§6. Ego and Non-Ego 1)
332. The triad, feeling, volition, cognition, is usually regarded as a purely psychological division. Long series of carefully planned self-experiments, persistent and much varied, though only qualitative, have left me little doubt, if any, that there are in those elements three quite disparate modes of awareness. That is a psychological proposition; but that which now concerns us is not psychological, particularly; namely the differences between that of which we are aware in feeling, volition, and cognition. Feeling is a quality, but so far as there is mere feeling, the quality is not limited to any definite subject. We hear of a man whose mind is jaundiced. That phrase well expresses feeling without reason. Feeling also as such is unanalyzed. Volition is through and through dual. There is the duality of agent and patient, of effort and resistance, of active effort and inhibition, of acting on self and on external objects. Moreover, there is active volition and passive volition, or inertia, the volition of reform and the volition of conservatism. That shock which we experience when anything particularly unexpected forces itself upon our recognition (which has a cognitive utility as being a call for explanation of the presentment), is simply the sense of the volitional inertia of expectation, which strikes a blow like a water-hammer when it is checked; and the force of this blow, if one could measure it, would be the measure of the energy of the conservative volition that gets checked. Low grades of this shock doubtless accompany all unexpected perceptions; and every perception is more or less unexpected. Its lower grades are, as I opine, not without experimental tests of the hypothesis, that sense of externality, of the presence of a non-ego, which accompanies perception generally and helps to distinguish it from dreaming. This is present in all sensation, meaning by sensation the initiation of a state of feeling; — for by feeling I mean nothing but sensation minus the attribution of it to any particular subject. In my use of words, when an ear-splitting, soul-bursting locomotive whistle starts, there is a sensation, which ceases when the screech has been going on for any considerable fraction of a minute; and at the instant it stops there is a second sensation. Between them there is a state of feeling.
333. As for pleasure and pain, which Kant and others have represented to be of the essence of feeling, whether it be merely because they and the section of the psychological world for which at this moment I have the presumption to speak apply the word feeling to different modifications of awareness, or whether there be a faulty analysis on the one part or the other, we certainly do not think that unadulterated feeling, if that element could be isolated, would have any relation to pain or to pleasure. For in our opinion if there be any quality of feeling common to all pleasurable experiences or components of experience, and another one quality of feeling common to all that is painful (which we are inclined to doubt, to say the least), then we hold the opinion that the one is the feeling of being attracted, the other that of being repelled, by the present state of experience. If there be two such feelings, they are feelings of states of volition. But perhaps pleasure and pain are nothing more than names for the state of being attracted and that of being repelled by present experience. Of course, feelings accompany them, but under the latter hypothesis no feeling would be common to all pleasures, and none to all pains. If we are right, the position of the hedonists is preposterous, in that they make mere feelings to be active agencies, instead of being merely conscious indications of real determinations of our subconscious volitional beings. [I may mention that their talk (however it may be with their thought) is further preposterous as seeming to make pain a mere privation of pleasure, although it is plain that it is pain that indicates an active, and pleasure only a passive, determination of our volitional being.]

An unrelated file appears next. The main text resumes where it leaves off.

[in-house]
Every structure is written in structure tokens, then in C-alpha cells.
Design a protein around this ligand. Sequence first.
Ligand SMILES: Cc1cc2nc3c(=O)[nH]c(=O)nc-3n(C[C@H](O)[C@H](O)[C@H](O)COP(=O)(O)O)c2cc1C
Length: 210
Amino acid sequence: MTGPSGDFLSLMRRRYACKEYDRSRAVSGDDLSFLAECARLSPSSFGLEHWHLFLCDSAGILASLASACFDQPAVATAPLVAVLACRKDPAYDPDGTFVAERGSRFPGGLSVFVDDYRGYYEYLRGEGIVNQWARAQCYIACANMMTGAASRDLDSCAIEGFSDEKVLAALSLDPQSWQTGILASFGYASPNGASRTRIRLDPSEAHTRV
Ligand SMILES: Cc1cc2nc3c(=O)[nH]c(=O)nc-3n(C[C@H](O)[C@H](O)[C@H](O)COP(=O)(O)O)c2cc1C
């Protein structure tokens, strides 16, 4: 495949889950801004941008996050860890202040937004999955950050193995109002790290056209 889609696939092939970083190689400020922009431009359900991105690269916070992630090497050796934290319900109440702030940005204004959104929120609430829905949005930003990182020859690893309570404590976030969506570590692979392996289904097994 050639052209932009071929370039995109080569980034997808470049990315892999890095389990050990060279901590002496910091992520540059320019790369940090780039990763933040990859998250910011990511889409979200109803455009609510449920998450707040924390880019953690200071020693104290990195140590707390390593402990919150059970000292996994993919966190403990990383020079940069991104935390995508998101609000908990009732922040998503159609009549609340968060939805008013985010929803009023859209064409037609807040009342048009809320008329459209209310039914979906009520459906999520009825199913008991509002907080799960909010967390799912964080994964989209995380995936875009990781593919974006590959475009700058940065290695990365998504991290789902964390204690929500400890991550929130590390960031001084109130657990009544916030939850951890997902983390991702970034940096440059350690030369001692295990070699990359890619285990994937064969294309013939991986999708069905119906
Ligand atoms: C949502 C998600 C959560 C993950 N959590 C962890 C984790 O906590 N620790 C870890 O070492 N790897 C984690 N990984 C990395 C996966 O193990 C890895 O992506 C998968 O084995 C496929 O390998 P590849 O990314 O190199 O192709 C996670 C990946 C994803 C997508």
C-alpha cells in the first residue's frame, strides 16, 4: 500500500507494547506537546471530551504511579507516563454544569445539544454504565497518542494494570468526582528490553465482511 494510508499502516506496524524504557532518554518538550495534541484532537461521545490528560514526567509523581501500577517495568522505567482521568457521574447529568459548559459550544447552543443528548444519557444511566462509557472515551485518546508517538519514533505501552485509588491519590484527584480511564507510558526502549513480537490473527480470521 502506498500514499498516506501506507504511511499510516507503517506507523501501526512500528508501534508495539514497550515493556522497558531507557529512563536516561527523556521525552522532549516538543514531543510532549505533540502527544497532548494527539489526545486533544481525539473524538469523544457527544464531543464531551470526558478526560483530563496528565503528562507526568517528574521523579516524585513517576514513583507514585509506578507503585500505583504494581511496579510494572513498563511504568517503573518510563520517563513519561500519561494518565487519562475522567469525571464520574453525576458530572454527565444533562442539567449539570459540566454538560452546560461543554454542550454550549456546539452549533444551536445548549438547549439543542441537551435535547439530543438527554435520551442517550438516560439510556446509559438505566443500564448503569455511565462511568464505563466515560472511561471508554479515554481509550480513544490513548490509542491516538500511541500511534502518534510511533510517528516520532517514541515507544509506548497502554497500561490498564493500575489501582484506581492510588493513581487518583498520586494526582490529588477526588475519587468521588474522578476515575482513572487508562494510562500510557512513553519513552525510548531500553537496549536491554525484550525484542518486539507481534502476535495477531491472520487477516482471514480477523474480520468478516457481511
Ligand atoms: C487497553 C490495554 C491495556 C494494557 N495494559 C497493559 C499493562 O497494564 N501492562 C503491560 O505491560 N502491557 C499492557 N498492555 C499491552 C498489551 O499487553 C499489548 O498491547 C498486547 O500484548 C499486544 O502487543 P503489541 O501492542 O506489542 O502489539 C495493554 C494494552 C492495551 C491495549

334. As for volition, I would limit the term in one way and extend it in another. I would limit it to the momentary direct dyadic consciousness of an ego and a non-ego then and there present and reacting each upon the other. In one, the action is generally more active, in the other more passive; but precisely what this difference consists in I do not feel sure. I think, however, that the will to produce a change is active, the will to resist a change is passive. All sensation is essentially, by its very definition, active. The objection to this is that, according to it, the voluntary inhibition of a reflex should not give a sense of effort; and probably the definition of the distinction between the sense of externality in willing and in perception requires a supplement or other slight modification on this account. But the important point [is] that the sense of externality in perception consists in a sense of powerlessness before the overwhelming force of perception. Now the only way in which any force can be learned is by something like trying to oppose it. That we do something like this is shown by the shock we receive from any unexpected experience. It is the inertia of the mind, which tends to remain in the state in which it is. No doubt there is a marked difference between the active and intentional volition of muscular contraction and the passive and unintentional volition that gives the shock of surprise and the sense of externality. But the two are to be classed together as alike modes of double consciousness, that is, of awareness, at once and in the same awareness, of an ego and a non-ego. . . .